I believe the metaphor was partly chosen as a reference to the quick, sudden reduction in the deficit that would result if the so-called Bush tax cuts were allowed to expire (and thus many folks’ taxes go up) and all of these spending cuts mandated by the Budget Control Act of 2011 allowed to kick in as well. Imagine a graph with a line steadily going up, then plunging downward to indicate the deficit reducing. Resembles a cliff.
Of course, the metaphor takes on a much more fatalistic feel when people start explaining the immediate consequences of such abrupt changes, namely a big short-term hit to the overall economy as well as significant hardship to many. I’ve seen articles describing how Congress not acting to avoid the “cliff” would negatively affect pretty much everyone, in particular the lower- and middle-classes, while also having immediate impact on education, health, jobs, local governments, and so on. Rather than simply referring to a graphic representation of the deficit being suddenly cut in half, then, the “fiscal cliff” becomes a kind of impending doom that will necessarily befall many should lawmakers fail to act to extend current policies and delay those mandatory tax increases and cuts to spending.
All is apparently on the table when it comes to these negotiations. In fact, last week The Motley Fool even brought up online poker again as a potential revenue source, kind of obliquely suggesting that some sort of federal legislation regarding online poker could crop up amid the discussions. But with four weeks to go the headlines suggest that an agreement resulting in something other than the “cliff” is still some ways off.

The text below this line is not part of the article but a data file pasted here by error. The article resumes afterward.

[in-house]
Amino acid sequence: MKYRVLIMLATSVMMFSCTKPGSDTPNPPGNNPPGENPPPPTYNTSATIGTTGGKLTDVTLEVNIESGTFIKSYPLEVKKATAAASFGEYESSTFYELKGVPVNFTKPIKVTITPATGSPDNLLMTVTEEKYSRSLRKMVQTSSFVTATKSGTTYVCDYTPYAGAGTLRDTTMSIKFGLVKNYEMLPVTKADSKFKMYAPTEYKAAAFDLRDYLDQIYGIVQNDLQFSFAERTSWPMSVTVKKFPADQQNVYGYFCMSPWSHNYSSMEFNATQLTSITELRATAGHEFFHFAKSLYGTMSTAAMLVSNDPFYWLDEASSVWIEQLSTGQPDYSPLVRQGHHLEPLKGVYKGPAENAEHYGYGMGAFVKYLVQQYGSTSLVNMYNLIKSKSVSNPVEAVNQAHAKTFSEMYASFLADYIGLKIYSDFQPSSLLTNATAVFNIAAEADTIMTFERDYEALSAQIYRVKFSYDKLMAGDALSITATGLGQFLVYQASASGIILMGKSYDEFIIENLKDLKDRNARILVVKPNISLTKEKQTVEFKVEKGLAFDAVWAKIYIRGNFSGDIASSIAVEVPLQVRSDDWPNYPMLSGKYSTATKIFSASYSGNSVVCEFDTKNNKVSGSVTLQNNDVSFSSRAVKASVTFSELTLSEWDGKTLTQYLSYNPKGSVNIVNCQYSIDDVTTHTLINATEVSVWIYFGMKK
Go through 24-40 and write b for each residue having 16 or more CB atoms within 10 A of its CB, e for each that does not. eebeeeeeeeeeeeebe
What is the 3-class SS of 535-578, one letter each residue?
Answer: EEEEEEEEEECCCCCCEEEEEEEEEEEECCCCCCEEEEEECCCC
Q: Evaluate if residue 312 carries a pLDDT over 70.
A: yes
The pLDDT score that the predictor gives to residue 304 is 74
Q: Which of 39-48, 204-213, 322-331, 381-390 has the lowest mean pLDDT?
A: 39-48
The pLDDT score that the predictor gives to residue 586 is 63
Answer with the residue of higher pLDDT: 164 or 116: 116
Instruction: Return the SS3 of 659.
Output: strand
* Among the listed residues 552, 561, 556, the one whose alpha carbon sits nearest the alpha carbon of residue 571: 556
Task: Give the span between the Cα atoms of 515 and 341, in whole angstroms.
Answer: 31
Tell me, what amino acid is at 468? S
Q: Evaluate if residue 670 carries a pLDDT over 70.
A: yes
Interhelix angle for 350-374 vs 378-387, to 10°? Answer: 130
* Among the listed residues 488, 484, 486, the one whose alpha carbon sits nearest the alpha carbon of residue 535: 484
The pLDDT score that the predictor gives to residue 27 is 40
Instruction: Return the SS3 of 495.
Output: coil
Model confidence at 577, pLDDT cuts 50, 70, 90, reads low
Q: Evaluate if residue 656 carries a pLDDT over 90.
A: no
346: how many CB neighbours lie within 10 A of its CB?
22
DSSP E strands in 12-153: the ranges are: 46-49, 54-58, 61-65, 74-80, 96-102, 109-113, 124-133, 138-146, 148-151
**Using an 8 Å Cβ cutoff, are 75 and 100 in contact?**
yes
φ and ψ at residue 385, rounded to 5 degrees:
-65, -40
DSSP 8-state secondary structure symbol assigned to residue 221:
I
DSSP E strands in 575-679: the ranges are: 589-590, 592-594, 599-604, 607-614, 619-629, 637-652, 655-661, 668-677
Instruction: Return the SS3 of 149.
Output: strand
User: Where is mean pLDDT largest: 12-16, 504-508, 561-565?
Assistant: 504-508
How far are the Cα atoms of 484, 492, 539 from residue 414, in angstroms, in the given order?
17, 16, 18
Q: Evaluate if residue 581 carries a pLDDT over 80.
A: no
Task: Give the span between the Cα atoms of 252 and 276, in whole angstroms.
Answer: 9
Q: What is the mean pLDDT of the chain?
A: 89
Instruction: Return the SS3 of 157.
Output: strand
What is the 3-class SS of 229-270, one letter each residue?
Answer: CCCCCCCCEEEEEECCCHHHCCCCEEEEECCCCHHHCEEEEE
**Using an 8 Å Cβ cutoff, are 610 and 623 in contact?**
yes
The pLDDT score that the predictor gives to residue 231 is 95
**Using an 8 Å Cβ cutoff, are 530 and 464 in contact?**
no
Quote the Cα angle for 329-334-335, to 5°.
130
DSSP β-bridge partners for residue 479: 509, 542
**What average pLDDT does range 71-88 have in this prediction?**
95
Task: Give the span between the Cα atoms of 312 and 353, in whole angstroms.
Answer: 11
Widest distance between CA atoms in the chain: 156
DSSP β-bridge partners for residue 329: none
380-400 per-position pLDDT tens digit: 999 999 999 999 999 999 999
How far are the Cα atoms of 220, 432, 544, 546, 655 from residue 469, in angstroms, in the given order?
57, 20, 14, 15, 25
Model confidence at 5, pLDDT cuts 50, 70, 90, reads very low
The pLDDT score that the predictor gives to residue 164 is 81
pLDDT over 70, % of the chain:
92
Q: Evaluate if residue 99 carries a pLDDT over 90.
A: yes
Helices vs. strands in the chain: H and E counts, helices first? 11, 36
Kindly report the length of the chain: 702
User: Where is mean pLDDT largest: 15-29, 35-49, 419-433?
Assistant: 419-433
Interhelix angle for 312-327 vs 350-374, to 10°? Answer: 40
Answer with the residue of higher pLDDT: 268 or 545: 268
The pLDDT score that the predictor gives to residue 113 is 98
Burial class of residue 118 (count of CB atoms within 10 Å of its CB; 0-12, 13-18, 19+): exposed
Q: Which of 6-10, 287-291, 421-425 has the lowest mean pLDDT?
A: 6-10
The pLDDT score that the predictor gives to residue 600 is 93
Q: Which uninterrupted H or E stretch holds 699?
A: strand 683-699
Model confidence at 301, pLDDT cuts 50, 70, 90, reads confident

Thus are the talking heads becoming increasingly despairing as the metaphor further evolves into something even more dire. Now the nation is said to be speeding along together in a car with our elected officials fighting with one another over the steering wheel, gear shift, and pedals. We’ve passed a “BRIDGE OUT” sign, but are continuing forward nonetheless. I suppose if nothing changes by the time we reach December 21st -- i.e., the date long targeted by popular yet misguided interpreters of Mayan history and other kooks as having been scheduled for Armageddon -- the apocalyptic tone of “fiscal cliff” references might accordingly increase.
On the Bubble” -- in which I discussed the origins of the term and speculated about its entrance into poker lingo. Real bubbles are so ephemeral, yet the metaphorical bubble seems as though it has become a permanent part of poker tourney talk.
As I allude to in that piece, the term became linked with failed investments or schemes like the “South Sea Bubble” of the early 18th century wherein people saw their investments in a trading company become suddenly worthless. In that context the bubble bursting is a disastrous event for all. But by the time the bubble bursts in a poker tournament, only one person experiences hardship. Meanwhile, for everyone else the moment represents something decidedly more pleasant (and profitable).
Even so, approaching “the bubble” is much, much less anxiety-producing than approaching a “cliff,” wouldn’t you say? Something I assume those who originally thought to use the latter term to characterize the current scenario well knew.